Modelling of reactive flow and transport in the presence of a complex phase transition phenomena

Document Type

Conference Proceeding

Date of Original Version



We present a novel simulation approach for modeling of reactive flow and transport in multiphase multicomponent mixtures that include light gases, hydrocarbon components, and different ions present in an aqueous electrolyte phase. The phase behavior in these systems involves both thermodynamically-driven phase transitions (e.g. between supercritical vapor and liquid phases) and chemically driven precipitation and dissolution of solid (mineral) phases. All phases are modeled using the multi-scale Gibbs-Helmholtz Constrained Equation of State (GHC EoS), which up-scales molecular length scale information from a priori Monte Carlo simulations to help build accurate estimates of the energy parameter. Our proposed approach is implemented in the combined software system included the Automatic Differentiation General Purpose Research Simulator (ADGPRS) developed at Stanford University and the GFLASH library developed at University of Rhode Island. The extended variable substitution schema for a natural fully implicit formulation is designed to support the potential coexistence of an arbitrary set of phases in the flow. The classical reduction in the number of conservation equations based on element balances is combined with specific local constraints describing simultaneous thermodynamic and chemical equilibrium. Rigorous flash solutions for detecting phase changes in each grid block are computed using phase splitting and phase/chemical equilibrium to ensure equality of component chemical potentials and by monitoring the Gibbs free energy of the system to guarantee a global minimum is found. We present examples that cover a wide range of physical processes related to CO2 sequestration in saline aquifers.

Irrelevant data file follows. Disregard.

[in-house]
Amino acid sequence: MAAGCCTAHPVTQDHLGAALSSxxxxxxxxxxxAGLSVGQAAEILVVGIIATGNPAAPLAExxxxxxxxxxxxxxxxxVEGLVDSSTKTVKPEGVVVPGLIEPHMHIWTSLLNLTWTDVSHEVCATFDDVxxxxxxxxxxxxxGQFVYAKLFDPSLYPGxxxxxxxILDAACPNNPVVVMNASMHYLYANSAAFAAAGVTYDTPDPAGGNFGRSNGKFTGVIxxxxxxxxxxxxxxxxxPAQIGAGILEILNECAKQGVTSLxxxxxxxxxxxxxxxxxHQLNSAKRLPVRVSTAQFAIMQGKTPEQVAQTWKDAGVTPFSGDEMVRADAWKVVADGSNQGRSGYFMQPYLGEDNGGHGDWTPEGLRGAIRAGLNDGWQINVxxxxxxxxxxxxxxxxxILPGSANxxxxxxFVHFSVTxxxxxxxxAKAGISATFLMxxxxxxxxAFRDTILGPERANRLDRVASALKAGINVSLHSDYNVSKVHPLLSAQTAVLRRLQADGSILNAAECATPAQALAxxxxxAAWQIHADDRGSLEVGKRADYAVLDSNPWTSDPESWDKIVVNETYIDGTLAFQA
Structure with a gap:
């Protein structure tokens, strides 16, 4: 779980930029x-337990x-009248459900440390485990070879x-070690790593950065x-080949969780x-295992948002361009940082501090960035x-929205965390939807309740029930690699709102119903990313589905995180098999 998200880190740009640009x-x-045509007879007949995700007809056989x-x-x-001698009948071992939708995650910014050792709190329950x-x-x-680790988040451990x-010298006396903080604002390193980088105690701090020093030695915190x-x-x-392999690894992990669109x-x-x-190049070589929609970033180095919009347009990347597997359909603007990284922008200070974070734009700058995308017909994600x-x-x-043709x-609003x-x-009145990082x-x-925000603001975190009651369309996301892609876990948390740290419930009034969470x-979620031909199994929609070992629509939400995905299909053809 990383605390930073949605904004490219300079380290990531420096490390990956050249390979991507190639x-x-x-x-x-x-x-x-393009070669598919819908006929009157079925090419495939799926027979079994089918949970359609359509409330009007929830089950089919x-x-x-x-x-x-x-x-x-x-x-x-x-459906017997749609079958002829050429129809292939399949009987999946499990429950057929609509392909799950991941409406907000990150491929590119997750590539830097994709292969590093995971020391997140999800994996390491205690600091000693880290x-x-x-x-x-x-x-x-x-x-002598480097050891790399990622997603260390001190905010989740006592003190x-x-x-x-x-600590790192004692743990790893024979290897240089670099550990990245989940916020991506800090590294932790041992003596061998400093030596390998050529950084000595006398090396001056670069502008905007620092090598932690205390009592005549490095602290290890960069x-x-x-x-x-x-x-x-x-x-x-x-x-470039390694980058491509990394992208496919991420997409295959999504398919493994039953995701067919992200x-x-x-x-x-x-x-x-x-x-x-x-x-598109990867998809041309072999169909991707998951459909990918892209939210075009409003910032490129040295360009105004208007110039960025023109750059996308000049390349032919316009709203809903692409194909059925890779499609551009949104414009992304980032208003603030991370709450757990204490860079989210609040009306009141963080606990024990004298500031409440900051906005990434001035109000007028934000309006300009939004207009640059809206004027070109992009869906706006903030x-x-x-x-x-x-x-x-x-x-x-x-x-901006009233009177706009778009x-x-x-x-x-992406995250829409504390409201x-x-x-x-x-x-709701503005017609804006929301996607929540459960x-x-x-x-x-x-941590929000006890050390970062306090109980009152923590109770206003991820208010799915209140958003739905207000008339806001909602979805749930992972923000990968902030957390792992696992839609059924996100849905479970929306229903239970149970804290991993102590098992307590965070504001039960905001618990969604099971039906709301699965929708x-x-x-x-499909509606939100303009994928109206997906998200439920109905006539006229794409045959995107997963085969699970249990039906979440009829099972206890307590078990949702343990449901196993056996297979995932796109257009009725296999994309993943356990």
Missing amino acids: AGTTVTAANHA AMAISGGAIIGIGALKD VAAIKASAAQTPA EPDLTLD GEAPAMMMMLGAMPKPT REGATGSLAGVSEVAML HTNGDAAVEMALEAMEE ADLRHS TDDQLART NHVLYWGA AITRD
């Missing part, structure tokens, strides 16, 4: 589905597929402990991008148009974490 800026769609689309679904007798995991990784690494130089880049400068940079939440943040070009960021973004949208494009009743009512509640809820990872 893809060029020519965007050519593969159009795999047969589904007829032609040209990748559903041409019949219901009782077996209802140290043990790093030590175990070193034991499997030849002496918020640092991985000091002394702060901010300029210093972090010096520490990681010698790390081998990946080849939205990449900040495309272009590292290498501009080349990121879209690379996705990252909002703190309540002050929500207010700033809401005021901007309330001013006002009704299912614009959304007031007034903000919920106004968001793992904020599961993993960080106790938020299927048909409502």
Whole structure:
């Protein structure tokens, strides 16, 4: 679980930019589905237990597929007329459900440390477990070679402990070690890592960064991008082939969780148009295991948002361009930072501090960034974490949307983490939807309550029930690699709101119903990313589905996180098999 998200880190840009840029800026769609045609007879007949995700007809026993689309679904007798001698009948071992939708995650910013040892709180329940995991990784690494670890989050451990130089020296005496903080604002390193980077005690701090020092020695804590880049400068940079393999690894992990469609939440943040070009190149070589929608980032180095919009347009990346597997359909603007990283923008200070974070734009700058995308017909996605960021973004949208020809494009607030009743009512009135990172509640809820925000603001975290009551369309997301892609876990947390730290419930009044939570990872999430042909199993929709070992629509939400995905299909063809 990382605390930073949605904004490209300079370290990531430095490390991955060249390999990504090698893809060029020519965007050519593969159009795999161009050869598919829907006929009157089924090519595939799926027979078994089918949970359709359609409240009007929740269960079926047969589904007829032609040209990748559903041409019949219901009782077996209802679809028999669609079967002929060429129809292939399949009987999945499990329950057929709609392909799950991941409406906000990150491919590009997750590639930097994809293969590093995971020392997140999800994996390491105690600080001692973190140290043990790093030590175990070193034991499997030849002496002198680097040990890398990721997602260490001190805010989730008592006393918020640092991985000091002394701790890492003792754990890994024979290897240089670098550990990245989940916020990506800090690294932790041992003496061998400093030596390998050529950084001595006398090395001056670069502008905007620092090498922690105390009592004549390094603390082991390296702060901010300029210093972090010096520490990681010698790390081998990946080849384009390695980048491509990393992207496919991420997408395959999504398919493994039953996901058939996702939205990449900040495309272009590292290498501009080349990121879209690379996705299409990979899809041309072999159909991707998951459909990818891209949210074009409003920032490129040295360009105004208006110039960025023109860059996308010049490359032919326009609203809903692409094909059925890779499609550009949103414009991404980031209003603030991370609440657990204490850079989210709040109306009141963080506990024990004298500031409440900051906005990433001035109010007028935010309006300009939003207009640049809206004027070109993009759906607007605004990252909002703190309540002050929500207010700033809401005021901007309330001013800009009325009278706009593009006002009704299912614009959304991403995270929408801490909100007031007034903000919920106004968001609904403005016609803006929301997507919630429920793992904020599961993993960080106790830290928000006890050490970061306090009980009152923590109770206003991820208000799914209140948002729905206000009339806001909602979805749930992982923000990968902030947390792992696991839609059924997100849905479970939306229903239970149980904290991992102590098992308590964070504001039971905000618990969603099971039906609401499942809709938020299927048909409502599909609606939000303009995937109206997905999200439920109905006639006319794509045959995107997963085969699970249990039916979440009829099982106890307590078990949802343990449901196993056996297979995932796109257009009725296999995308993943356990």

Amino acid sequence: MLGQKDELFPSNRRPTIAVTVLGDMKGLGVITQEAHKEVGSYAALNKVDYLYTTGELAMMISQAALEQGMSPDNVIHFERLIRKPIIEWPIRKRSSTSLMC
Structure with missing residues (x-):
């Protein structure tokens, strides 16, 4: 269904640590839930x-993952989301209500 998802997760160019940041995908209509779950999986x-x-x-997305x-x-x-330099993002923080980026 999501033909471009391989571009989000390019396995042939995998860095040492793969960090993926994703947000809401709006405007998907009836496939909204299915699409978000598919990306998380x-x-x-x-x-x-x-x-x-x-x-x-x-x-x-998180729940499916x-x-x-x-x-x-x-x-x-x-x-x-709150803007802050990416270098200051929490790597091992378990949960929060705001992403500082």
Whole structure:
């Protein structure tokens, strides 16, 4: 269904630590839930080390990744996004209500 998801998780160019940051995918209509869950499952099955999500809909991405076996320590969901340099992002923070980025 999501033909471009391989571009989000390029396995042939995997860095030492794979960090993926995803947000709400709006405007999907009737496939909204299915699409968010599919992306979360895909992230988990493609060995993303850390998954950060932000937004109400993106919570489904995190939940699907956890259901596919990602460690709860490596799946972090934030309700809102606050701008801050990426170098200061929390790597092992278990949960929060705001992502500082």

Publication Title, e.g., Journal

15th European Conference on the Mathematics of Oil Recovery, ECMOR 2016